Unless we elect the McCain.  His plan is to build bases and maintain an ongoing presence to protect American billionaires' new investments in Iraq and to ensure oil production is at levels that allow OPEC to continue their price fixing.  The Repubs will probably beef up Blackwater in order to tell the public they're reducing troop levels.  Mercenaries will cost us even more than regular military.   But will people realize this before they elect McSame?  Presidential elections aren't about money, they're about the amygdala.  And if Repubs can pretend they'll get us out of Iraq, middle American will feel safe enough to elect their man, the older, wiser, "more experienced" man.  The man who steadfastly supports the effectiveness of the surge.  It's sad that it may take the deaths of more Iraqis in suicide bombings like what happened today to reveal the Republicans' lie that the surge worked.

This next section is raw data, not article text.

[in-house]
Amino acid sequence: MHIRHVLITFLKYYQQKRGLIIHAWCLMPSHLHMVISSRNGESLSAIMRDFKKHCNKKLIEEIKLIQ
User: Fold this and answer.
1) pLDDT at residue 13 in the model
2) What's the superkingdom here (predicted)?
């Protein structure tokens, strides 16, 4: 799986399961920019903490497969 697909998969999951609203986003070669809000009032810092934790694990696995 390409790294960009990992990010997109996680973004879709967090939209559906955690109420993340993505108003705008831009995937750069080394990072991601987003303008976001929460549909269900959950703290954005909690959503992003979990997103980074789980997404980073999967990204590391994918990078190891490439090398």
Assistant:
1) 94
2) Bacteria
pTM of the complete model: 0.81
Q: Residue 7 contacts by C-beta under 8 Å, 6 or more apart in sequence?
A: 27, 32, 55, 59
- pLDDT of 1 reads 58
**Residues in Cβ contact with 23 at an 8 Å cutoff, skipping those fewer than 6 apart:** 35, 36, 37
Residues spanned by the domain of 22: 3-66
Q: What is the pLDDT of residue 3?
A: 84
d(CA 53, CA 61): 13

Win the War (none / 0) (#20)
    by Emma on Mon Jul 28, 2008 at 12:30:55 PM EST
    Everybody loves a winner.  IMO, Americans would rather declare the war won and come home rather than declare it failed and come home.

    Is there a politician who can give us a win in Iraq and bring the troops home?  Is there a politician who wants to do it?

    Doesn't matter.  The troops aren't coming home no matter who's President.  A permanent U.S. troop presence is a foregone conclusion.  It's just a question of how many and where and what they'll be doing.


    I don't think we have to stay in Iraq. (none / 0) (#25)
    by MyLeftMind on Mon Jul 28, 2008 at 12:55:24 PM EST
    We got out of Vietnam in spite of the threat to our nation (trumped up, of course, but believed by many) and the financial interests benefiting from the war there.  I believe we're in a similar situation in Iraq in that there is no way to really win, but with enough public pressure, we'll turn it over to the cheaters in the Iraq government.  Clearly, as soon as Iraq's oil runs out, they're dead in the water.  But until then, we can certainly declare that we've won the war and leave advisors with some protection instead of McCain's plan of temporary/permanent bases positioned along the oil infrastructure lines.